1. John Brown General & Butcher Shop which once was a gas station and general store has been become one of my favorite spots to pop into on my way to Baltimore. Walking into this quaint shop is like taking a tour through the pages of Bon Appetite Magazine. From the meat case that showcases cuts , to the other case that houses an abundant selections to build a buzz worthy charcuterie board, and there is no shortage of options. As you head back of the building, you will find an array of spirits ranging from wine to liquor as well as local beer. In the few visits that I have made, I have feasted on cold cut subs, hamburgers, house cut french fries, and more recently hot chicken. All prepared in house, and lip smacking delicious. Heading into the warmer months, you can cross the street and pick up flowers and produce at a market stand. Anything you could ever need to prepare a delicious meal can be found at this charming little outpost.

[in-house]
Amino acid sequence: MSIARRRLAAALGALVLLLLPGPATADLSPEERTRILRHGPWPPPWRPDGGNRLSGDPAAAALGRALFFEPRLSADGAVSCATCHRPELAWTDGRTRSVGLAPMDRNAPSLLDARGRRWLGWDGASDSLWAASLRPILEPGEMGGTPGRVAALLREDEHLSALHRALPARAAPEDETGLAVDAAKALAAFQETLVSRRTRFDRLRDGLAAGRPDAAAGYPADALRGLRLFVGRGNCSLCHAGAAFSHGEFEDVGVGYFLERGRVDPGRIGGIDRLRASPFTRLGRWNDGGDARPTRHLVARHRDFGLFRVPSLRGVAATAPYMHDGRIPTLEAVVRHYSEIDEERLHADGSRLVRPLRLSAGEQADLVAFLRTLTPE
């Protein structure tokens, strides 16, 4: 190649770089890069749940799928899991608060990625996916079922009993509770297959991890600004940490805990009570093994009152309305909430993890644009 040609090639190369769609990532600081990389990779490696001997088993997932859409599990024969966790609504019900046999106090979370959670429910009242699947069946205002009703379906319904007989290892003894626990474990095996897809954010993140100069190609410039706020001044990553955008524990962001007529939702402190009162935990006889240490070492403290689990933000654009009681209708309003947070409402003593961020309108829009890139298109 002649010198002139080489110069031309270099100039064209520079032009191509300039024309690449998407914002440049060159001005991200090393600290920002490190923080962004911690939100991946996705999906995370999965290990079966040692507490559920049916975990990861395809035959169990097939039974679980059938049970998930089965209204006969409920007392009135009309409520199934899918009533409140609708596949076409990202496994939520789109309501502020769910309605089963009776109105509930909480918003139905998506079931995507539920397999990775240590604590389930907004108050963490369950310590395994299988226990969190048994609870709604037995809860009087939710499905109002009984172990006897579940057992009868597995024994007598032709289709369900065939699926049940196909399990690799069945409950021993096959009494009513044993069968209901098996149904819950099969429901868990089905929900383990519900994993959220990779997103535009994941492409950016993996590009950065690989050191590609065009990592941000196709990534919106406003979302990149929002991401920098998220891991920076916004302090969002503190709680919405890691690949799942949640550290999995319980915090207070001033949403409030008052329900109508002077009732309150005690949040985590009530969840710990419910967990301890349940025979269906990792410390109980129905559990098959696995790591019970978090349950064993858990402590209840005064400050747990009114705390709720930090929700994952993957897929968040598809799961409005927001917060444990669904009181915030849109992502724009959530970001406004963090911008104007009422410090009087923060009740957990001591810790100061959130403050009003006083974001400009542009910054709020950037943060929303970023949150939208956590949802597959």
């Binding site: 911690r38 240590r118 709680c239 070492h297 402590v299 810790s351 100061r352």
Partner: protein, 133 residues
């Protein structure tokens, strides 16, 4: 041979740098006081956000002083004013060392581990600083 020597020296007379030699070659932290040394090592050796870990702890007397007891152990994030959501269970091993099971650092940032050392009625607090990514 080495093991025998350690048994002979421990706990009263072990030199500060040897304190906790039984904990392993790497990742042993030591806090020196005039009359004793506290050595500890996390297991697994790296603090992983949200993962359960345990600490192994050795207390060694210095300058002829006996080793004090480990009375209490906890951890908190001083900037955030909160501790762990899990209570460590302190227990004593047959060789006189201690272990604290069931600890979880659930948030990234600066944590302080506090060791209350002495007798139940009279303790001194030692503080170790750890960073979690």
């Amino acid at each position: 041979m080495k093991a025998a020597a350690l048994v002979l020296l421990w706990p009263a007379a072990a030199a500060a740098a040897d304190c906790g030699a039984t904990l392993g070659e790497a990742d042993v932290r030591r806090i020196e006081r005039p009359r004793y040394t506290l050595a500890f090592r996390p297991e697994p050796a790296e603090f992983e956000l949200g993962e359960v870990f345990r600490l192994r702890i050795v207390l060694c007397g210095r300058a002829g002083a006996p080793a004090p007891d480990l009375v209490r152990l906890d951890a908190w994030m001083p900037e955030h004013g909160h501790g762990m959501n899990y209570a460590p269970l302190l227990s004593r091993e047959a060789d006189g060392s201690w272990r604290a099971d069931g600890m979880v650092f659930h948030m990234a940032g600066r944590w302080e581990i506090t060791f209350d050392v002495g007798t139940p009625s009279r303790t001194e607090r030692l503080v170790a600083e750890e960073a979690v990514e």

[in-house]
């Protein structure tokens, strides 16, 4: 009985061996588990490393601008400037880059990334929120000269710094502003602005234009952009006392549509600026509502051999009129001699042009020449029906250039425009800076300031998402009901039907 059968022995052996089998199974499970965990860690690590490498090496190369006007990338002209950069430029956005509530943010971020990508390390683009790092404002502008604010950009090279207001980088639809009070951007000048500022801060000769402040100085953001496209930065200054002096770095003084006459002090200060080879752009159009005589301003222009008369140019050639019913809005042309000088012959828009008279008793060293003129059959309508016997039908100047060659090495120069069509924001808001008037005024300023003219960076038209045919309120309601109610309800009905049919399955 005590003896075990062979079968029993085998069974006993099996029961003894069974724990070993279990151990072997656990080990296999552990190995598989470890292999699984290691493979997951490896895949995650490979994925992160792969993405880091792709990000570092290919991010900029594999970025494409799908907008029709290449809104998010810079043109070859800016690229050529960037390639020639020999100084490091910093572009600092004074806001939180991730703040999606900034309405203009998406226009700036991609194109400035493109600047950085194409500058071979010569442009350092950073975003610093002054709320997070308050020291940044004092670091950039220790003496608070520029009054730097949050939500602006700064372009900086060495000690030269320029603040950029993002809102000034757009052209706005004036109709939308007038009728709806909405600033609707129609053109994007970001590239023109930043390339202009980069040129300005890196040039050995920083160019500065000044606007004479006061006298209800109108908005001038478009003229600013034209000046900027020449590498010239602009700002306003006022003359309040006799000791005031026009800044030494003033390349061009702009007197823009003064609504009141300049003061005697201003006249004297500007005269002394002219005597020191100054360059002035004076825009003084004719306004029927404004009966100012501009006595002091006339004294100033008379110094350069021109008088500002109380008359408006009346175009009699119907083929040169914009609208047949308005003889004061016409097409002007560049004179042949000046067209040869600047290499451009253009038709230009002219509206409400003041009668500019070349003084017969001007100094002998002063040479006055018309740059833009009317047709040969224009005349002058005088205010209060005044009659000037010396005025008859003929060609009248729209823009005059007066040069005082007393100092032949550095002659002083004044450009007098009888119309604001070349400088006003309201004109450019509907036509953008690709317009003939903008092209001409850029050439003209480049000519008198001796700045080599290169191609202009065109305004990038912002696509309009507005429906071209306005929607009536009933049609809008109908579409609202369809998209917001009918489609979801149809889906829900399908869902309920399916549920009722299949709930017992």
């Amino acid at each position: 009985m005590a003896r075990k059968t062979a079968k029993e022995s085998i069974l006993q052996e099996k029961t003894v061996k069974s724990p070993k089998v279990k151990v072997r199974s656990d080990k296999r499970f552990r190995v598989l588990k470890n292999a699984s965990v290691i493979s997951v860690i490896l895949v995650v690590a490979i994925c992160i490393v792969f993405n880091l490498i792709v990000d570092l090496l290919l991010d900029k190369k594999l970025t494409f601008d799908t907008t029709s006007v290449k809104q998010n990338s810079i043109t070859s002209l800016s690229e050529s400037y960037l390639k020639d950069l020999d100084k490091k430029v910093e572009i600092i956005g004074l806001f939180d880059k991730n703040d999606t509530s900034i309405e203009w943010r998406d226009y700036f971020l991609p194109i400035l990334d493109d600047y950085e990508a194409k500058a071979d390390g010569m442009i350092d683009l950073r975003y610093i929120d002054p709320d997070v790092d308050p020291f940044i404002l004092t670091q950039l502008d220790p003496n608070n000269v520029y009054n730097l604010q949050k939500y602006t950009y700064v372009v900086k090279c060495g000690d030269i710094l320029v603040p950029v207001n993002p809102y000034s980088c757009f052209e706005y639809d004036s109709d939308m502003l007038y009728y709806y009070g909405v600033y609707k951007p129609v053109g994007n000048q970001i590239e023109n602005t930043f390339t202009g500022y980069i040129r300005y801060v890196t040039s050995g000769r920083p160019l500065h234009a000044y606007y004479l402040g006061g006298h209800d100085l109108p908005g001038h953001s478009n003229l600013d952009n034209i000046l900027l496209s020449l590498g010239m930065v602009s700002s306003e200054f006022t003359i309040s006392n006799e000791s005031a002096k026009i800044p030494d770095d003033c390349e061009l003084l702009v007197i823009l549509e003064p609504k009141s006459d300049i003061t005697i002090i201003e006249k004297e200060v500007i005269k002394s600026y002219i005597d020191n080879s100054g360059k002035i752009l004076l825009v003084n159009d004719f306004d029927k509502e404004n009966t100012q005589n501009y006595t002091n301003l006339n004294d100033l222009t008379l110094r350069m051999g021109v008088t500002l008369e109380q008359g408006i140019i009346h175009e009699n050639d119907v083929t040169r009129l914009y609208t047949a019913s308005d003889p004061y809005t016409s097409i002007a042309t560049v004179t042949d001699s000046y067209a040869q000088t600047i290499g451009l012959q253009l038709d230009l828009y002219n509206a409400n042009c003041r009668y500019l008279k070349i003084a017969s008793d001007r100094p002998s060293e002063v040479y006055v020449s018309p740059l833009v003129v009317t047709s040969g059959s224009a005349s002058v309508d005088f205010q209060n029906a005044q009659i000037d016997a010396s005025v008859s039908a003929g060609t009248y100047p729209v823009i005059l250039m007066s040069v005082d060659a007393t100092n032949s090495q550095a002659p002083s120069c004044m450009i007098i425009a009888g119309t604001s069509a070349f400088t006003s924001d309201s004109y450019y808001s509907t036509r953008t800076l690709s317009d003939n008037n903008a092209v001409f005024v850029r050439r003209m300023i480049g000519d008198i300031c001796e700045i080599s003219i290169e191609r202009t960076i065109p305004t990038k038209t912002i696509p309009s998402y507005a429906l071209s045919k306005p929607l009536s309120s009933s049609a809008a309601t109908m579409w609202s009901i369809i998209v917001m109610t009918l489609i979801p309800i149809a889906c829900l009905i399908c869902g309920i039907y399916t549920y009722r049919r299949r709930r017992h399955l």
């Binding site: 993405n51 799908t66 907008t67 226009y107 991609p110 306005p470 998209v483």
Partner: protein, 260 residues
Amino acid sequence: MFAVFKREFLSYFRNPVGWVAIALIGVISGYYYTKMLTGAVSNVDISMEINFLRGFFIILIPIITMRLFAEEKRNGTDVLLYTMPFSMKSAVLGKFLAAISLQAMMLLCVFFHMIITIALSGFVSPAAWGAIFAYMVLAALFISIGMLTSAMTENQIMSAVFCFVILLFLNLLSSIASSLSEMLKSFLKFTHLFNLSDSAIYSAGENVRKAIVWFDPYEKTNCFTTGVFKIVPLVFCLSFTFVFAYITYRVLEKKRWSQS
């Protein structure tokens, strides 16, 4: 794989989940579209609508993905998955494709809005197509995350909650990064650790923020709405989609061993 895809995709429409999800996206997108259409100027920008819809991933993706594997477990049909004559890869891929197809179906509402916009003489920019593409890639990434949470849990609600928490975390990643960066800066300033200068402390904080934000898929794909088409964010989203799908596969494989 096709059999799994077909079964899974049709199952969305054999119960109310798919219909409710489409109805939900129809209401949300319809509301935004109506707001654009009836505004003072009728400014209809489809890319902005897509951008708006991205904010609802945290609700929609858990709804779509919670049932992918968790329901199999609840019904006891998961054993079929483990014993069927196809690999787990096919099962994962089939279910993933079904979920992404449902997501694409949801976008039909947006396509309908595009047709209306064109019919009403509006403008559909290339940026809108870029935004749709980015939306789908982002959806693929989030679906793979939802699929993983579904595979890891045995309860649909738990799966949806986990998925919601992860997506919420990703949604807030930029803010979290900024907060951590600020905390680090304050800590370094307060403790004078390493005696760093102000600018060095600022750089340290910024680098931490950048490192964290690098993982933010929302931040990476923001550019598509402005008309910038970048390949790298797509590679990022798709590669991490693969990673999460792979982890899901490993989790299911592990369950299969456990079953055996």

2. 2 weekends ago, stopped in this new place for lunch and really enjoyed the chicken. Here is the website. We had a half white and it was cooked perfectly like most pollo a la brasa places but it was also super flavorful. I almost bought more even though I was stuffed. Kind of addictive. The 2 sauces were good two - a yellow mayo that wasn't spicy and a tomato based spicy one - I'd say a medium strong heat. The sides were hit or miss. The guasaca was a riff on guacaomle and served chilled was kind of meh - especially since it doesn't come with chips or anything to scoop it with. Better were the yucca fries which comes dusted with delicious spice blend that adds the right amount of heat and lime. I thought the chicken didn't need sauce but was still good with the yellow one whereas the yucca fries were good with the orange tomatoey sauce. The quinoa salad was ok - nice light to balance the strong chicken flavors but nothing too special. The Arroz Blanco was meh. I would have gone for the special rice but like a few of their sides it had unnecessary bacon and other proteins that I don't eat. I should also say that this place's set up is a bit unusual. You walk in to a nice bright sitting area - but no full tables, only lots of counter tools so it is a bit odd to eat with companions since they are only next to you and not across a table. This is odd because the space is big enough for several regular 2 or 4 tops. It is counter service so you walk back to an open kitchen and order. The food is all ready immediately. Then further back in the long space are bathrooms and at the end of the hall is a big walk-in freezer door. When you open it, you enter a new sitting area with a few small regular tables and then a big bar area. This backroom is their bar which has a full bar menu/cocktails, but only serves a few food appetizers from the front space. Moreover, they don't want you bringing food/drinks back and forth between the two spaces. All a bit odd to me. I think the owner wanted to diversify and have chicken but supplement income with a bar and found this long space and this is a the result. Or the owner just really liked the idea of having a quasi-hidden bar in their restaurant. In short - go for the delicious chicken and yucca fries. It is deceptively big menu so I'm sure some other items are good too.